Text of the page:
Pour le reste, rien a changé ou presque pour le doyen des cabarets parisiens. Ni le décor, ni l’esprit. L’incroyable patine noire des murs, posée là par des lustres de tabagies rigolardes ou inspirées, rappelle au générique les voix des habituées de jadis, Apollinaire, Carco, Dullin, Couté, puis Pierre Brasseur, et plus proches de nous encore d’autres débutants, Caussimon, Brassens, François Billetdoux… La liste exhaustive serait impossible à dresser de tous ceux qui ont émargé au livre d’or du Lapin Agile.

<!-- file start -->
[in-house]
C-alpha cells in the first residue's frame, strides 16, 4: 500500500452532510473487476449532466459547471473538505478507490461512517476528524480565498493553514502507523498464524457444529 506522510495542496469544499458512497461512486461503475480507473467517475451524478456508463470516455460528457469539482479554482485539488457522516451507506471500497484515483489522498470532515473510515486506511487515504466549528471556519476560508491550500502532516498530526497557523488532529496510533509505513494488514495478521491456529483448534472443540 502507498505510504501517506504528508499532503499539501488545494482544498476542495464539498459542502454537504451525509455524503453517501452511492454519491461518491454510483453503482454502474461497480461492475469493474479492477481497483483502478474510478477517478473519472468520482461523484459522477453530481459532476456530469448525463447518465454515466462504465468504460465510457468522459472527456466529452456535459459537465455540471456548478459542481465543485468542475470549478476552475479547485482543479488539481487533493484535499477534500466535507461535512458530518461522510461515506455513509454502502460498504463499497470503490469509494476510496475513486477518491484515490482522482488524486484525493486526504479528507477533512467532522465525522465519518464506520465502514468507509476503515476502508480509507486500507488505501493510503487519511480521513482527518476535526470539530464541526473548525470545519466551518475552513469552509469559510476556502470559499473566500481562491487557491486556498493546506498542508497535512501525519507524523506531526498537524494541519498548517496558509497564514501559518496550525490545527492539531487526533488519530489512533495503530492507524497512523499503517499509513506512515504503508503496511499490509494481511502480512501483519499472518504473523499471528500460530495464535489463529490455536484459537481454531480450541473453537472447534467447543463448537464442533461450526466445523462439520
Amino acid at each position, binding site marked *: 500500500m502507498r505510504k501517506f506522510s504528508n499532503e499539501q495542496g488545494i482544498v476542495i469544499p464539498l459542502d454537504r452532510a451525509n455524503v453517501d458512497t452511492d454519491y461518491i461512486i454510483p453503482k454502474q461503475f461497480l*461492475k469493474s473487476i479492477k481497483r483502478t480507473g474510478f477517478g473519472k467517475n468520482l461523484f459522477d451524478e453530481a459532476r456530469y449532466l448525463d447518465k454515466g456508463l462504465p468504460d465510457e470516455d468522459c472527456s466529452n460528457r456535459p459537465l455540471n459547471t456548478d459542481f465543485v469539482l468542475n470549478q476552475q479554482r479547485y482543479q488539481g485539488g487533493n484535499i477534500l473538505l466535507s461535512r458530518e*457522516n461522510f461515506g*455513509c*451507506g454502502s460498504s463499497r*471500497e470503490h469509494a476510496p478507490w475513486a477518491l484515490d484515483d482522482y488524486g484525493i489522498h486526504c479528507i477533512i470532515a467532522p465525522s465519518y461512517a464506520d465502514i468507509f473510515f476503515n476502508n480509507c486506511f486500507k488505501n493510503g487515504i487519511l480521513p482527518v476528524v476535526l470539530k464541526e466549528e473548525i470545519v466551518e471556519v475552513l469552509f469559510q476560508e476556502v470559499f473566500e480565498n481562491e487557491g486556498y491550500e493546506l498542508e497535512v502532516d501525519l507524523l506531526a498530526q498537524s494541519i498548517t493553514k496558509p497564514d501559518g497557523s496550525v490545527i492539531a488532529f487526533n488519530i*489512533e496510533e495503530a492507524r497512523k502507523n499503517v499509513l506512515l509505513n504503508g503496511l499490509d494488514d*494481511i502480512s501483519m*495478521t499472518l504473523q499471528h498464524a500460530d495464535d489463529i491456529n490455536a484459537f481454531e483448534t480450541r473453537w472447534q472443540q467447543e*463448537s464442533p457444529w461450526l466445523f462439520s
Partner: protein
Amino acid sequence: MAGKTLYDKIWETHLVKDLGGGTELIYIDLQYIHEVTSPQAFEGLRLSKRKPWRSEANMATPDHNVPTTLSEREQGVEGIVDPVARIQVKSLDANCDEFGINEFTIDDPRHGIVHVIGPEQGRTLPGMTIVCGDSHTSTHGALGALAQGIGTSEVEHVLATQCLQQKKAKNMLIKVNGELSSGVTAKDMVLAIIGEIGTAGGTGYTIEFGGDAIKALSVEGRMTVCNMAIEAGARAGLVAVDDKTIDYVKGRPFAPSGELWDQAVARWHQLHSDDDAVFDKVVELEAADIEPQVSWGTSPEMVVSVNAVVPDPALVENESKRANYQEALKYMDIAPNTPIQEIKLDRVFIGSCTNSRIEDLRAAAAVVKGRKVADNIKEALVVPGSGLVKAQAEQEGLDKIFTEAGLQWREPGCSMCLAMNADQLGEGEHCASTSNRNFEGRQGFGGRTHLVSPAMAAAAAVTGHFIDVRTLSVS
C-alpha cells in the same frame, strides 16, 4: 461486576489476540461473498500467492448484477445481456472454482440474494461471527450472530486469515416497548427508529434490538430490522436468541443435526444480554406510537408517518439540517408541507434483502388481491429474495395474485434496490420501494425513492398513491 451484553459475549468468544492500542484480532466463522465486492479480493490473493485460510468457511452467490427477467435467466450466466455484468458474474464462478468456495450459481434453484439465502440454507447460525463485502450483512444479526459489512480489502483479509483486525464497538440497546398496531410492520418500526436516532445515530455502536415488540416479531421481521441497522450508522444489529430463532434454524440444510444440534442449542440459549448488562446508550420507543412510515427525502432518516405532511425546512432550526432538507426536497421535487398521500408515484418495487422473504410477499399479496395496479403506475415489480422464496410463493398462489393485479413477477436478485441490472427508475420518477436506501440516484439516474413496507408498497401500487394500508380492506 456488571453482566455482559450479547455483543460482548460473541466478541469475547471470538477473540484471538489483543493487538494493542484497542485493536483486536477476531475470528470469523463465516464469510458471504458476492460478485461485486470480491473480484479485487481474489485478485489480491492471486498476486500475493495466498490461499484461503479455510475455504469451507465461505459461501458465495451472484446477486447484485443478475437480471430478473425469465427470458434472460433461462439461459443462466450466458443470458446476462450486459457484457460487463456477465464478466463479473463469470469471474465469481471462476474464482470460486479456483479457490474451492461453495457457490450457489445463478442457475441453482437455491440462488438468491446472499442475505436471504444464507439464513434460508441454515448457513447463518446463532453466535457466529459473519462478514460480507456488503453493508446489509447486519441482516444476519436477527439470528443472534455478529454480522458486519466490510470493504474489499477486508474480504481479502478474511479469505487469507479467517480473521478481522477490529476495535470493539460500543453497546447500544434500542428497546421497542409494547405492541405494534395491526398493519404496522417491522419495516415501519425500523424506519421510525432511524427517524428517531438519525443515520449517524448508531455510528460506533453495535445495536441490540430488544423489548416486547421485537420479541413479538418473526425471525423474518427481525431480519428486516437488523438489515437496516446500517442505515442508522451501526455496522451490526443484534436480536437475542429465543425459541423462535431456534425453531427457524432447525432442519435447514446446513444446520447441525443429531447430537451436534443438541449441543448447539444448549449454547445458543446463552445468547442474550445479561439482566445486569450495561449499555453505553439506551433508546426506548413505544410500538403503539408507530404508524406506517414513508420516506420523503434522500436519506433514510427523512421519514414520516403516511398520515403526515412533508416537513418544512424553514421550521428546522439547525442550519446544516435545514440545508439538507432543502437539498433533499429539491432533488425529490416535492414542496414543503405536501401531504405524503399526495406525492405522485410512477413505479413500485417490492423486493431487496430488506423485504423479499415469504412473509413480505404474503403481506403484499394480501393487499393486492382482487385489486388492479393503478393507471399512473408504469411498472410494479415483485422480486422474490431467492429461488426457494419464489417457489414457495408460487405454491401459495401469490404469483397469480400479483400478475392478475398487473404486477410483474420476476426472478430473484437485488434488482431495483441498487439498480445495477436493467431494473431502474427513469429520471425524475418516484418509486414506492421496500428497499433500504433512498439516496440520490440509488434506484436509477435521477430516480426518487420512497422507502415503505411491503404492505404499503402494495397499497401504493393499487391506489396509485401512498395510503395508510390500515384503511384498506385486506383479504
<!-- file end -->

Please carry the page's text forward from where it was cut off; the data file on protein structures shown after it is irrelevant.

« En haut de la rue Saint-Vincent… » La goualante roule sa rime chaotique sur le pavé de la Butte. Au carrefour de la rue des Saules, la façade est avenante, sans apprêts, avec son acacia dans la cour, et cette étrange dénomination, née des amours burlesques entre l’imagination d’un dessinateur et les facéties des usagers. En 1875, André Gill, caricaturiste ami de Rimbaud, croque en effet, pour l’enseigne de l’ancien Cabaret des Assassins, un lapin facétieux sautant d’une marmite. Le temps d’un jeu de mots et le Lapin à Gill gagne son brevet d’agilité. L’épopée commence, que perpétue Yves Mathieu, aujourd’hui propriétaire, mémoire et continuateur d’une histoire somme toute unique. Histoire, qui, pour l’anecdote, faillit se terminer prématurément, sous la pioche des démolisseurs. Vers 1900, les bicoques du maquis montmartrois doivent laisser place à un grand projet immobilier. C’est Aristide Bruant qui sauvera in extremis le cabaret. Il achète l’établissement, laisse Frédé dans les murs qu’il revendra pour « un prix amical » à Paulo, le fils du même Frédé. Lequel Paulo n’est autre que le beau-père de l’actuel patron : « C’est un truc de famille. J’ai commencé à chanter ici en 48, égrène Yves Mathieu. Ensuite j’ai fait de l’opérette à la Gaîté Lyrique, de la revue aux Folies Bergères, je suis parti en Amérique… En revenant j’ai repris le cabaret, ma femme y chante, mes fils sont là, ils apprennent le métier… C’est comme le cirque, c’est le même esprit. »